Wednesday, August 08, 2007

Thinking about selling my art

I am thinking about selling some of my art. I don't know how much I should charge. I have already discussed some of the problems here.

In case you already read that post and were wondering how the machine knit scarves came out, they don't look too bad but they still take seven hours to make. Somehow I got it into my head that they would take about three or four hours. But now that I know they take seven hours and I'd have to charge about eighty dollars per scarf, I don't think that I'm going to be selling many scarves. Eighty dollars is a lot better than three hundred thirty that I'd have to charge for the hand knit ones, but I still think that's a bit high.

So now I'm wondering about ceramics. Some of the problems are the same. How much to charge for my time, and I have to charge for the materials, and if I'm shipping the art somewhere I have to charge for the shipping and the packing materials, and should I charge for the extra time of going to the post office, etc....

Right now I am wondering if I should sell one of my class projects. I like most of my class projects and want to keep them. And if there are a couple that I don't like, well, no one else would want those either. But for the most part I do like them and it is not one of those situations where someone sells their class projects cheap just to get rid of them.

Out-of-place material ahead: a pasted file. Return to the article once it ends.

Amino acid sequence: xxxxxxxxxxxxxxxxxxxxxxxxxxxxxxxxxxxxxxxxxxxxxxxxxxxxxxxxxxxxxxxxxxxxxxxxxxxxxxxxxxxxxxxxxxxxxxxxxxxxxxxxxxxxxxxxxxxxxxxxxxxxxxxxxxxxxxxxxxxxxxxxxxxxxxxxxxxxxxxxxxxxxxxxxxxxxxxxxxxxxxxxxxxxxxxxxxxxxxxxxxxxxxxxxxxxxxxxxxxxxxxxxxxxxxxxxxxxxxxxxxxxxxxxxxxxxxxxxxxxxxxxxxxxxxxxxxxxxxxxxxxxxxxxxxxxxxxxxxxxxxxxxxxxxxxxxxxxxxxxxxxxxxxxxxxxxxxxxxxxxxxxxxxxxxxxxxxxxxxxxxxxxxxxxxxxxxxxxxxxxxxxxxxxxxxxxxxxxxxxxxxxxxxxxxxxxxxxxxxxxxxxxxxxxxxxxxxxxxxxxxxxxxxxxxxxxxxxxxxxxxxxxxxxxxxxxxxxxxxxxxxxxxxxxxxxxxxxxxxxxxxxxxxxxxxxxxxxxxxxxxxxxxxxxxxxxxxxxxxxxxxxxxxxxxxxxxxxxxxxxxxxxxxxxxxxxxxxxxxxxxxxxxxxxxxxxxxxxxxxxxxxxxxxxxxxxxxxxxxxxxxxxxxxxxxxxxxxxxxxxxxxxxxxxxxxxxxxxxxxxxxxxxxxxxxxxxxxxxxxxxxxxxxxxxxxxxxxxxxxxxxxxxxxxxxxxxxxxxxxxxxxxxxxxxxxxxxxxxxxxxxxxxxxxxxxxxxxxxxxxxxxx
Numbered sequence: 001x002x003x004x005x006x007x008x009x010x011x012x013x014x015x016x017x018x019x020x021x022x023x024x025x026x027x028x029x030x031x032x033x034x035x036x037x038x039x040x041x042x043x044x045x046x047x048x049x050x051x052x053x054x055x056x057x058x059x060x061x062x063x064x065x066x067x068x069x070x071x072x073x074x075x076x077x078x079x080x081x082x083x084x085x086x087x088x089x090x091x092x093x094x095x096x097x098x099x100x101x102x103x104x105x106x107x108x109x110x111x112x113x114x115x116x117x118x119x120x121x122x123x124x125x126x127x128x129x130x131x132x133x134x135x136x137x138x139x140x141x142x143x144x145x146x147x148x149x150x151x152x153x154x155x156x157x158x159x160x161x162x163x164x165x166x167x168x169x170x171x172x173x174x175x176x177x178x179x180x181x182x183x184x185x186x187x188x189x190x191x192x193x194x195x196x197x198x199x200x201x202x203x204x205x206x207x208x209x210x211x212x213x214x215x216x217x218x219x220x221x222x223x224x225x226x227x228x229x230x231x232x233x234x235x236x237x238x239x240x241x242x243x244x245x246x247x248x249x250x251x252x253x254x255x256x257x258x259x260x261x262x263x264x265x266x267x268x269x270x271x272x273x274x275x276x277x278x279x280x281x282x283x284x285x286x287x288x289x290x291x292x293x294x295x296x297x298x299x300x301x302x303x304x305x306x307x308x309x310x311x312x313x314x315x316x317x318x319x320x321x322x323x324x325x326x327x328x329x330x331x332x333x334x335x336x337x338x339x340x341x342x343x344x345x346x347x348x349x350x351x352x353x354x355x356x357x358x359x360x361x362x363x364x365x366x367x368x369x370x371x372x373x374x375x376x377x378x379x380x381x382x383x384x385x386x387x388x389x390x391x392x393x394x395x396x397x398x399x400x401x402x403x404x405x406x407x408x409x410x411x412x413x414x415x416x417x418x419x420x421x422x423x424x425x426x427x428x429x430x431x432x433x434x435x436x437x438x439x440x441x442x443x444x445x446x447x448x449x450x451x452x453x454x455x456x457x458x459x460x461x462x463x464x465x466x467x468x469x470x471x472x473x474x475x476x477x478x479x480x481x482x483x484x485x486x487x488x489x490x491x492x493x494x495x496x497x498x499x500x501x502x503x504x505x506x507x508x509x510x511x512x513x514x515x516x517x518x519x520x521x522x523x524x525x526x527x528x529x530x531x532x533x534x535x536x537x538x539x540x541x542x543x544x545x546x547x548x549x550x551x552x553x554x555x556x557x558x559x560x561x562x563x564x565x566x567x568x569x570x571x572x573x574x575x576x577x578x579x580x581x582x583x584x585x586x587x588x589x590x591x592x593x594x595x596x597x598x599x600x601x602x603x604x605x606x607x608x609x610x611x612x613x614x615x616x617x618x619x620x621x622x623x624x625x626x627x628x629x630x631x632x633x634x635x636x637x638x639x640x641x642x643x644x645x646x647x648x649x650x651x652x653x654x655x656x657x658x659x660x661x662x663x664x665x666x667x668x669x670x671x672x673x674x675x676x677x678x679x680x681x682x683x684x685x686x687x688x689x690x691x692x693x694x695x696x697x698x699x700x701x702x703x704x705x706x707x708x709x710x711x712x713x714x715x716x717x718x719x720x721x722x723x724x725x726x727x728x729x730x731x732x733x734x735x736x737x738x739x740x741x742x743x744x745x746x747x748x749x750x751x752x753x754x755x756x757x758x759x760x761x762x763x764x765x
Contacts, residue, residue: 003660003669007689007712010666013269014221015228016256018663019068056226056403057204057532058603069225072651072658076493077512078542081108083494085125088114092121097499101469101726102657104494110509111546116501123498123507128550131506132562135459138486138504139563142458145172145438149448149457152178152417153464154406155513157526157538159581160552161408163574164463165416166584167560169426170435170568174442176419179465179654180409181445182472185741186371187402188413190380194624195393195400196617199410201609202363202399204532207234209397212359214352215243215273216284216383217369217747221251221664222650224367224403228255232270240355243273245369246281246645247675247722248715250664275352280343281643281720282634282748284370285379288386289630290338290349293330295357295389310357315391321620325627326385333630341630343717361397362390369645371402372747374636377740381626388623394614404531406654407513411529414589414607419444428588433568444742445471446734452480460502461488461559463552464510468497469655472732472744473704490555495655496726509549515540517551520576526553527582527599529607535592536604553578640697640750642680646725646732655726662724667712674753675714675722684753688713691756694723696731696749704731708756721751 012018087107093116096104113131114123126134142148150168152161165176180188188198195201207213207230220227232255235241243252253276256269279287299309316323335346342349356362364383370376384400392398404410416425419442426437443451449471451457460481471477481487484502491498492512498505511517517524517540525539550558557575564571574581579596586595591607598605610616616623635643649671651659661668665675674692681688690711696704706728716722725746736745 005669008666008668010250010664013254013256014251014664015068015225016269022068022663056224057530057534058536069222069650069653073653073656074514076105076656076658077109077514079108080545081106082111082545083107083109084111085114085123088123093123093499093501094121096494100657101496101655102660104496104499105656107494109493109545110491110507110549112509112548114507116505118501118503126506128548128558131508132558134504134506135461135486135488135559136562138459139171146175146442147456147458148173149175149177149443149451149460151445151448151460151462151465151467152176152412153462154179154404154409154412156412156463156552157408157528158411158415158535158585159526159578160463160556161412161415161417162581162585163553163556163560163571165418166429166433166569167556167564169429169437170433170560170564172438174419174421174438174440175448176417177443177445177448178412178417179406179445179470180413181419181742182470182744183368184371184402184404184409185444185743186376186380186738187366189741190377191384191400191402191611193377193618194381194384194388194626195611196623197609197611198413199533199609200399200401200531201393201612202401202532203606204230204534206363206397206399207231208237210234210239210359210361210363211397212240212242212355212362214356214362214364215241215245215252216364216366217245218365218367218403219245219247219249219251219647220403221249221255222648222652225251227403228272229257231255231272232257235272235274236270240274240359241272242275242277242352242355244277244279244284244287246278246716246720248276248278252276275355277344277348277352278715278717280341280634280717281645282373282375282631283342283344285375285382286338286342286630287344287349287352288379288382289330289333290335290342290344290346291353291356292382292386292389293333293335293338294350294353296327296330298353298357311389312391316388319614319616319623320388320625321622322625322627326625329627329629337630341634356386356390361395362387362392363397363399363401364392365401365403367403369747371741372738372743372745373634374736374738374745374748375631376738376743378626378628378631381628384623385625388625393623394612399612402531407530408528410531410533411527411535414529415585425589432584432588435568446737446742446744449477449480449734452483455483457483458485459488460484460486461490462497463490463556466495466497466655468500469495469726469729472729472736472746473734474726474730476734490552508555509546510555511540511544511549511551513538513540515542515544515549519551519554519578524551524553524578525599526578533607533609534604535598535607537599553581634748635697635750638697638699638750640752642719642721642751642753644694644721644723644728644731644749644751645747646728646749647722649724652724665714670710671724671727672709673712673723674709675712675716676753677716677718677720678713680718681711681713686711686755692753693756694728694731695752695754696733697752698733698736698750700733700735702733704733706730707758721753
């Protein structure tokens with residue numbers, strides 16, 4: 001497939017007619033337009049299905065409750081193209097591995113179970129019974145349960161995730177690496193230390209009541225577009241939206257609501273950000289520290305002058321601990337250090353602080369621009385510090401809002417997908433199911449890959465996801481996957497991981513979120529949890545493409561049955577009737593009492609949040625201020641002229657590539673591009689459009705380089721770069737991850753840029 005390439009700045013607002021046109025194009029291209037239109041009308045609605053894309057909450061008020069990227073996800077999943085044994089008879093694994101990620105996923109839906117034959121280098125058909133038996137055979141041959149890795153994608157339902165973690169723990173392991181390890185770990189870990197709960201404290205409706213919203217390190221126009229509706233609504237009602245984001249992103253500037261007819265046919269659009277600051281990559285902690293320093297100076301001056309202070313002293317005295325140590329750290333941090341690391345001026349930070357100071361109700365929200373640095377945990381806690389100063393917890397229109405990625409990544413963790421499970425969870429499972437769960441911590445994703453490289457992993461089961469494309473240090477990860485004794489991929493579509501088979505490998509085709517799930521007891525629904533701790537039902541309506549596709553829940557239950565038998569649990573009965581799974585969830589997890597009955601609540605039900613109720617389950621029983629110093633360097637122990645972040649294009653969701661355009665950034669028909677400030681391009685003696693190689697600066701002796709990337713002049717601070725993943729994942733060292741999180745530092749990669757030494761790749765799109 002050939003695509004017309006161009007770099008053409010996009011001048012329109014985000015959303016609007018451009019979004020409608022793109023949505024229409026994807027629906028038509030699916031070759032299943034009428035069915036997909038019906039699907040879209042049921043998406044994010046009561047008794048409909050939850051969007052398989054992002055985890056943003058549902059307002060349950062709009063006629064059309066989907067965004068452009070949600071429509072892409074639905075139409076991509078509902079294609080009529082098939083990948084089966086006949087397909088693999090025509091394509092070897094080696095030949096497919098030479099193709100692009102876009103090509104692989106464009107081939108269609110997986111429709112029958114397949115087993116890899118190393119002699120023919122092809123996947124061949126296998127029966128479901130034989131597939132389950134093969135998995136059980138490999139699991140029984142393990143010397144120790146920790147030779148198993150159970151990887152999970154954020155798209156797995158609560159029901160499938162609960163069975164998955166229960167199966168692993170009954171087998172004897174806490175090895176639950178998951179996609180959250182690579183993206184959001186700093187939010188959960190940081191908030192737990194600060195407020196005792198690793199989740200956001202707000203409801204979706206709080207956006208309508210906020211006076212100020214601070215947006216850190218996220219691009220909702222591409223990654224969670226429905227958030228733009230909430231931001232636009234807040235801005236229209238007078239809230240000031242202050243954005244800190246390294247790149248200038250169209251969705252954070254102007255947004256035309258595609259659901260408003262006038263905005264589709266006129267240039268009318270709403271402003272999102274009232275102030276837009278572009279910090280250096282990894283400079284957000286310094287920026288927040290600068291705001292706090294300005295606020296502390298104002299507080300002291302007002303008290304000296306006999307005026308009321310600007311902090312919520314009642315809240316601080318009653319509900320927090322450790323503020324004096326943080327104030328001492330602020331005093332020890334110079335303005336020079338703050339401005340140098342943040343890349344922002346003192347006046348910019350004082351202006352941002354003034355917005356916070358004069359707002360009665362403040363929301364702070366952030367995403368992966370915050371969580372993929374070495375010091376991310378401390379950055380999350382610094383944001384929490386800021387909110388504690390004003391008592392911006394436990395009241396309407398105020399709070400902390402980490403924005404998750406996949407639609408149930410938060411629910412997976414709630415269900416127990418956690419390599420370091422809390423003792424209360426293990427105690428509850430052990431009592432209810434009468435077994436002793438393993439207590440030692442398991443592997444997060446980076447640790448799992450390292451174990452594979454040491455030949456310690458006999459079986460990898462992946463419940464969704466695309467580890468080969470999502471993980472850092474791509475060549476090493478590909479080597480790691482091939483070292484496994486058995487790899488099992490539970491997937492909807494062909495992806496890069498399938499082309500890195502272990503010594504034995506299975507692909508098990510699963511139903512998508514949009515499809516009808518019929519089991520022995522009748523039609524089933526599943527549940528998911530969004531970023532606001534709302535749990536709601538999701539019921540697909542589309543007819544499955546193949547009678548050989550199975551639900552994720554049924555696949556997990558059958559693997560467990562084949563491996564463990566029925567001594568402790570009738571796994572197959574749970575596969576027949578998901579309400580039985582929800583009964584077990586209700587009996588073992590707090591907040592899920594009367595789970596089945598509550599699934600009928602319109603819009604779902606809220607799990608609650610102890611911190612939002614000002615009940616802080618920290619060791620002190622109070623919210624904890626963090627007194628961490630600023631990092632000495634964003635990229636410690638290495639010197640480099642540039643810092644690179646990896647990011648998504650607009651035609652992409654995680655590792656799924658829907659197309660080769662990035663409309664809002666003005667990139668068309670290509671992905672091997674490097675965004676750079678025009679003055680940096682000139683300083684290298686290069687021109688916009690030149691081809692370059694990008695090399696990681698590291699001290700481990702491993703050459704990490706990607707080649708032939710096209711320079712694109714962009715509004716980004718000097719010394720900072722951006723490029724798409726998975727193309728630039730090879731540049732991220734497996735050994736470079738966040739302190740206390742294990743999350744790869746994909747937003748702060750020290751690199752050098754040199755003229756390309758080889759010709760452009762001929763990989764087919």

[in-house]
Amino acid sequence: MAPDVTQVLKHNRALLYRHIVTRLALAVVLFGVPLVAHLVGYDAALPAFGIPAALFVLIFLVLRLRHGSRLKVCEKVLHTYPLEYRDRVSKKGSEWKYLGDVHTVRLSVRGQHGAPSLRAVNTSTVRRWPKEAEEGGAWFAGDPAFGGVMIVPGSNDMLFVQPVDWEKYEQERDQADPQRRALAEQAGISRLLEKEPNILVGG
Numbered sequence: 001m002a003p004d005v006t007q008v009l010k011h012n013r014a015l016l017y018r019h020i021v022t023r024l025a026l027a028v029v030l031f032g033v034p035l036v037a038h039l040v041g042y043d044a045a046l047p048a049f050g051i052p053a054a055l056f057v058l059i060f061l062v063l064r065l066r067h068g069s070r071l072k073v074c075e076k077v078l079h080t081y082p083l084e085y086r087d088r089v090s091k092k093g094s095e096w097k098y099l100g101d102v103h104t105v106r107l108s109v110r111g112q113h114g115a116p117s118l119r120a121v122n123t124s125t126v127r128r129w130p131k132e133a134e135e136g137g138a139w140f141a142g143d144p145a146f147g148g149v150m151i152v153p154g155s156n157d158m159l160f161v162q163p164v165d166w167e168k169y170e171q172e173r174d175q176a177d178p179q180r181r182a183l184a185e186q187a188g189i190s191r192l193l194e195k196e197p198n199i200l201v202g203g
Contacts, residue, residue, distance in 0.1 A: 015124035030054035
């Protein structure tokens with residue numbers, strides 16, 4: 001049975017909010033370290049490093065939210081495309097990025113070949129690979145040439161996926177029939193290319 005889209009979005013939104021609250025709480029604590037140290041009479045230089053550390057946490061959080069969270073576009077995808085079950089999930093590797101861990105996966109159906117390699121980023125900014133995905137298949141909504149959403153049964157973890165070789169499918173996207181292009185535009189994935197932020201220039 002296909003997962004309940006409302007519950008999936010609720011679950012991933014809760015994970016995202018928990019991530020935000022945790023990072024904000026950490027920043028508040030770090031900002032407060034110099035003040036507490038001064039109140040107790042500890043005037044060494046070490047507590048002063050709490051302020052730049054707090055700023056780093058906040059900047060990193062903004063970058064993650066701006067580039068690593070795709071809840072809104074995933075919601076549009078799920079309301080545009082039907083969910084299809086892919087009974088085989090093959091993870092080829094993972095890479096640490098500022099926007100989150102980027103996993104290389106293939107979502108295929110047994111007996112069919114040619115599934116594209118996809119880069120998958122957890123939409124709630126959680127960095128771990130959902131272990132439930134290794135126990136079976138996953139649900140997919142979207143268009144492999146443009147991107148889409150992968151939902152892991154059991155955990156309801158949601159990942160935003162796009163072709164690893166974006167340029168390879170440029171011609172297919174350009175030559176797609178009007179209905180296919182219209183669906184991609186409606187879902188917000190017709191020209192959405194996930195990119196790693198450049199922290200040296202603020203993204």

The class projects for last semester were a coil vase (made from terra cotta) that was burnished and saggered (fired in a popcorn tin to turn black), a box (pylon shape), a stained plate made on a hump mold (sea turtles design), a series of 4x5 tiles (sea turtle design) using plaster molds we had to make ourselves, a painted mosaic tile piece (a picture of Moody Gardens in Galveston), a hollow sculpture in the round (big sea shell design), and a relief sculpture in terra cotta (dragon head design). In addition to the required pieces I made another coil vase, three extra sea turtle tiles, two more plaster molds and two more 4x5 tiles (Stargate design and animal/Celtic knot design), and part of a plaster mold for another sculpture (sleestak head design).

So there were nine required pieces and one required plaster mold, but I ended up with six extra pieces and three extra plaster molds. As I have mentioned in a previous post, the school provided a lot of the materials, except we had to buy most of the clay. But that doesn't exactly make the provided materials free, since I paid almost two hundred dollars to take the class. We were required to buy about three bags of clay at about ten dollars each, and I bought two extra bags, and I spent eleven dollars on an extra bag of plaster, and about fifteen dollars on underglaze that wasn't required but I think made my mosaic tile look better, and then I spent ten or fifteen dollars on paint and such for the big sea shell. So the required amount of money is two hundred ten dollars divided by the required nine pieces equals an average of $23.34, and the actual amount I spent was two hundred fifty-five dollars divided by fifteen pieces equals an average of $17.00.